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Contractors: “Who Is Responsible For Their Safety?”

If you hire contractors, perform contract work, or work at a multi-employer work site, it can be difficult to determine what your safety responsibilities are. Use this infographic to gain a better understanding of how multi-employer rules apply in common situations and what you should look for when hiring a contractor.

Contractors: Who's Responsible for Safety?

Contractors: Who’s Responsible for Safety? by Safety.BLR.com

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“The Cost of Accidents & Not Reporting Near Misses”

 

Near misses happen every day in the workplace. Regardless of their potential for personal injury and property damage, all near misses should be taken seriously and consistently reported.
There are many terms which essentially mean the same thing – accident avoidance, close call, mishap or even narrow escape. It doesn’t matter exactly what terminology your business chooses to use when referring to a near miss. What matters is whether everyone understands exactly what constitutes a near miss and why it’s essential to make a record of it so it can be investigated and addressed.

Overcoming barriers to reporting

Many obstacles stand in the way of operating and utilizing an efficient and effective near-miss reporting program:

Fear of blame: Many employees are afraid to report near misses because either they don’t want to admit that they didn’t follow safety procedures or they will be mistakenly accused of doing something wrong. To create a truly effective near-miss reporting program, this stigma must be eliminated.

For near-miss reporting to work well, employers need to create a safe and comfortable atmosphere. The goal is to make employees so comfortable about the process that they report them as easily and freely as they would report a garbage can is full or a light bulb is burned out. Blame cannot be part of the equation – period.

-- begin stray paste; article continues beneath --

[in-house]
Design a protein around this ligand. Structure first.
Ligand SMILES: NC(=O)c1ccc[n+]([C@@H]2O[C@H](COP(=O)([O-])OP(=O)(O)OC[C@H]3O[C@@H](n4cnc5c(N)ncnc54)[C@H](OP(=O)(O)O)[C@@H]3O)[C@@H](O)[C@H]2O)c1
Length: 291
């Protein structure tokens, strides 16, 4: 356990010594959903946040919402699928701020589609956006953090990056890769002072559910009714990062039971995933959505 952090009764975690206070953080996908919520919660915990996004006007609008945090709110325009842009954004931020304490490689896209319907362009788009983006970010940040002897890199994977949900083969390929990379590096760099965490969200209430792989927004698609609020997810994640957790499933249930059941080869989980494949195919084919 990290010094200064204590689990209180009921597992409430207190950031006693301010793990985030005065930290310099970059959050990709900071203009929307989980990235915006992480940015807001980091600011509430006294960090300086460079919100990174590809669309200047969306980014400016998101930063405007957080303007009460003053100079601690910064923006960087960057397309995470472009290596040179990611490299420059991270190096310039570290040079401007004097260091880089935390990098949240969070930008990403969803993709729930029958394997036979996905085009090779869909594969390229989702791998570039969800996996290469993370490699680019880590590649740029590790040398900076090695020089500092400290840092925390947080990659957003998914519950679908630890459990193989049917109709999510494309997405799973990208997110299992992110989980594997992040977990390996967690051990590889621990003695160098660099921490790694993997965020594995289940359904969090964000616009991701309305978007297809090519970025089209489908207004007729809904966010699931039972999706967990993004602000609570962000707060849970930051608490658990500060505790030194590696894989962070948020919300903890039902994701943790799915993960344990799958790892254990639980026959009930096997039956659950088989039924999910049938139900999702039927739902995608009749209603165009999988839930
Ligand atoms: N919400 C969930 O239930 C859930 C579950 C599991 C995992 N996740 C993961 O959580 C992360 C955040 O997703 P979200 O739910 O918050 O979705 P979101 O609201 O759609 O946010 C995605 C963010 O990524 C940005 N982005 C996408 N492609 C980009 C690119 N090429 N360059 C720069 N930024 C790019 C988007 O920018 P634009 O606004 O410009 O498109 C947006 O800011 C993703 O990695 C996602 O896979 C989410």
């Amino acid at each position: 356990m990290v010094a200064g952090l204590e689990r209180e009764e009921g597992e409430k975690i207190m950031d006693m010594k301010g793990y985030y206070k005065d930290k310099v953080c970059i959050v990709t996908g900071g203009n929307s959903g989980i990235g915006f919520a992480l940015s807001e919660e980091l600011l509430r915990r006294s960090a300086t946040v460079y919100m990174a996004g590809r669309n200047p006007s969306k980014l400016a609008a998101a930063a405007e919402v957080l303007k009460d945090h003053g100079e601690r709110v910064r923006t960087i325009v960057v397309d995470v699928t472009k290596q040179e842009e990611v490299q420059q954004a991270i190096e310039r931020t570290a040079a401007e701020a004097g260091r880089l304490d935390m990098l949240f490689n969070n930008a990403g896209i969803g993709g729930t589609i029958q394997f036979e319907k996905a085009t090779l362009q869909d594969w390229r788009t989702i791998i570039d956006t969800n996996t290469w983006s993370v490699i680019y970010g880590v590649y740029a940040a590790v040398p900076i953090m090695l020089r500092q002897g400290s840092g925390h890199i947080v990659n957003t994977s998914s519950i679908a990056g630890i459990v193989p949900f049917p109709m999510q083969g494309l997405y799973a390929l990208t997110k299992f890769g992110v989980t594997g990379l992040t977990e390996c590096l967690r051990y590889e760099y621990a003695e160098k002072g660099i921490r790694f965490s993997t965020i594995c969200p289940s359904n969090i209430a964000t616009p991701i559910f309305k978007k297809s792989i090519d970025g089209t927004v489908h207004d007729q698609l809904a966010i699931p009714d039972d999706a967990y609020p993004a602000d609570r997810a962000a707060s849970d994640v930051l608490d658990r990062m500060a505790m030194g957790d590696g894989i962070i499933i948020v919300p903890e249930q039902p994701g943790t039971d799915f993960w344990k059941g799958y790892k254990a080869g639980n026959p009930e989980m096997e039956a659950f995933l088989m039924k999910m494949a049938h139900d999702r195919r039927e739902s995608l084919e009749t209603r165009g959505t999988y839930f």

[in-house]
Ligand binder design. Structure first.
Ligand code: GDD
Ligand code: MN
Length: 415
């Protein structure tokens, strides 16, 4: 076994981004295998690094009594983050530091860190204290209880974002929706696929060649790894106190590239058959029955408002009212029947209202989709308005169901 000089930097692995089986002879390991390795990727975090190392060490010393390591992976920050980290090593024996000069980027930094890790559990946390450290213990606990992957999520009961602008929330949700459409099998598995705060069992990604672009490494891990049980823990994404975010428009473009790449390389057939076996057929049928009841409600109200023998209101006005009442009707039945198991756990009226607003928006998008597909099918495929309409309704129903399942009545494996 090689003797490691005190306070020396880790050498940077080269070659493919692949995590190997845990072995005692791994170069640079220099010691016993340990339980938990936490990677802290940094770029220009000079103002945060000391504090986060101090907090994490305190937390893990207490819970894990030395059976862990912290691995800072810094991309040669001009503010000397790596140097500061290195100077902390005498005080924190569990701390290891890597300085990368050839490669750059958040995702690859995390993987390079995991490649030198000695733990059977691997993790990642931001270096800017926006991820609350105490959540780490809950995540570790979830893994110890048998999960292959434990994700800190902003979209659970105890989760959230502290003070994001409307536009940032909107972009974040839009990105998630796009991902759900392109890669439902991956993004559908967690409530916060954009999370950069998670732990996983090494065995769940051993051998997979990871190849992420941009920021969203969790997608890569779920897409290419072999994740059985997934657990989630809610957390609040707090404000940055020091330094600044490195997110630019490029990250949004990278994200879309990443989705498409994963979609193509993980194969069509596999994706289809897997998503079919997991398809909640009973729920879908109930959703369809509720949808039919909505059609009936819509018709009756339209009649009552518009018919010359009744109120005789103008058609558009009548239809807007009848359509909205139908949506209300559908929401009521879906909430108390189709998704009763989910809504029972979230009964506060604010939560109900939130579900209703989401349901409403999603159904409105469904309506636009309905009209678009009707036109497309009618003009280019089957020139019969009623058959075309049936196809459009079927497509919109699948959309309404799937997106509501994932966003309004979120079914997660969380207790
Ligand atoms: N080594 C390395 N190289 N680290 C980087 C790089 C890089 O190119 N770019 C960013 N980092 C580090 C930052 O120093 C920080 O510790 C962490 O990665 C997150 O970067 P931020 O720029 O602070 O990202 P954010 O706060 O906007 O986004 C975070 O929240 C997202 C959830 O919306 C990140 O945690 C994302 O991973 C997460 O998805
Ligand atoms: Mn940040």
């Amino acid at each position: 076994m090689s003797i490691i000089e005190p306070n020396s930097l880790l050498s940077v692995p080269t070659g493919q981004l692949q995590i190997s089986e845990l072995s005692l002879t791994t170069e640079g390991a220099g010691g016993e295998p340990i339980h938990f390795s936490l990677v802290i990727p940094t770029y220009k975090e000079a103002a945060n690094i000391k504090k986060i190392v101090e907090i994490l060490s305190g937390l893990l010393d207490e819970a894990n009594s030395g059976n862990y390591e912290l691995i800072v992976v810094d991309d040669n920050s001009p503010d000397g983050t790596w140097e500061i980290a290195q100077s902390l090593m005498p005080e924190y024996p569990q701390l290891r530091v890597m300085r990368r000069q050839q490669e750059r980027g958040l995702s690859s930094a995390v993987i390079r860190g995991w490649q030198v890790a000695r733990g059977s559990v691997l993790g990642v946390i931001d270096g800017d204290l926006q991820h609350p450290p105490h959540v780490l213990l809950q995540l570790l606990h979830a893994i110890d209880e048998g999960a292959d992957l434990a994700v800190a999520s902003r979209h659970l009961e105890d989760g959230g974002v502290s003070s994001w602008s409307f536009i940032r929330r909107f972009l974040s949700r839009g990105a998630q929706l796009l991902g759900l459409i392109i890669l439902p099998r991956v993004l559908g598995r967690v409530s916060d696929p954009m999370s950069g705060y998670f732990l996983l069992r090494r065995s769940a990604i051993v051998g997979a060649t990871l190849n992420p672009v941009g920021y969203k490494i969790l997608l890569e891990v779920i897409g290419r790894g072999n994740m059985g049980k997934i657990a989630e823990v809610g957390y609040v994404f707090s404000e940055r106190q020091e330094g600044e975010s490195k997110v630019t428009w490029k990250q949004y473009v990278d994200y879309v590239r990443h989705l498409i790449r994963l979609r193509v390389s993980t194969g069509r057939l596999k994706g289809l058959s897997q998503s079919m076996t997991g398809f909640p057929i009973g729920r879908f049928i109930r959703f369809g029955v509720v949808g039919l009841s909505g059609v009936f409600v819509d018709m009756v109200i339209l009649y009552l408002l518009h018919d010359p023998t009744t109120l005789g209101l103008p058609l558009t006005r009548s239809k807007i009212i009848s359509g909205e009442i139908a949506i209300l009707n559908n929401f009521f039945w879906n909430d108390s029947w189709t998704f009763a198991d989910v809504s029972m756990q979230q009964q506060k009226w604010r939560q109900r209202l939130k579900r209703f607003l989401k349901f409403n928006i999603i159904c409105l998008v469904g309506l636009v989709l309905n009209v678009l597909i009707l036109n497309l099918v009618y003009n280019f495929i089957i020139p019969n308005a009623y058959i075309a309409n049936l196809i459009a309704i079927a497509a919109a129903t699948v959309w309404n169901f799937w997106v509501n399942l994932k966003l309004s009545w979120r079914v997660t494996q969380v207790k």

Incoherent indifference: Another enemy of effective reporting is indifference. When a near miss occurs, some employees may question whether the situation was substantial enough to be recorded. When this happens, employees often simply disregard the event. This mindset can be lethal to a near-miss reporting program.

Hazards that are overlooked or dismissed as minor are lost opportunities for valuable insight. Employees should be trained on the importance of reporting each and every near miss. A clear definition should be provided on what constitutes a near miss, including any situation that appears to be “unsafe.” Once employees understand the importance of reporting and are clear on the definition of what defines a near miss, they will feel confident about their judgment and empowered to report.

Lack of supervisor support: Employees usually follow their direct supervisor’s instructions in most job-related situations. If a supervisor does not treat near-miss reporting as a priority, there is a good chance their personnel won’t either. Supervisors need to encourage this type of reporting and set an example by reporting near misses themselves. When employees know that their supervisors are completely on board with near-miss reporting, it is easier for them to feel comfortable to report, as well.

Near-miss reporting is a critical component of any well-organized and effective safety program. Over time, near-miss programs have been shown to save millions of dollars in medical care and equipment replacement costs. More importantly, they save lives.

Reporting near misses should not just be considered an “extra” thing or something the employee is ashamed or embarrassed to do. Instead, employees should feel proud that they are part of an effective process of prevention and incident management and thanked for their proactive safety behaviors.

Near Miss Additional Resources:

[PDF]Near Miss Reporting Systems – National Safety Council

http://www.nsc.org/…/NearMissReporting-Systems.pdf

National Safety Council

A Near Miss is an unplanned event that did not result in injury, illness, or … Near miss reporting is vitally important to preventing serious, fatal and catastrophic.

[PDF]Non-Injury and Near-Miss Incident Reporting Form – CMU
https://www.cmu.edu/…/Non-Injury%20%20NearMiss%2…
Carnegie Mellon University

Non-Injury and NearMiss Incident Reporting Form. Instructions: … http://www.cmu.edu/hr/benefits/benefit_programs/forms/WCforms.pdf. • In each of the sections …

[PDF]Near Miss Incident Information Report

http://www.scouting.org/filestore/pdf/680-017_fillable.pdf

Boy Scouts of America

Near Miss Incident Information Report. (A near miss does not result in injury, illness, or damage by definition, but it had the potential to do so.) Near miss incident …

[PDF]“near-miss” reporting – CEBC

https://cebc.ku.edu/sites/cebc.drupal.ku.edu/files/…/nearmiss.pdf

University of Kansas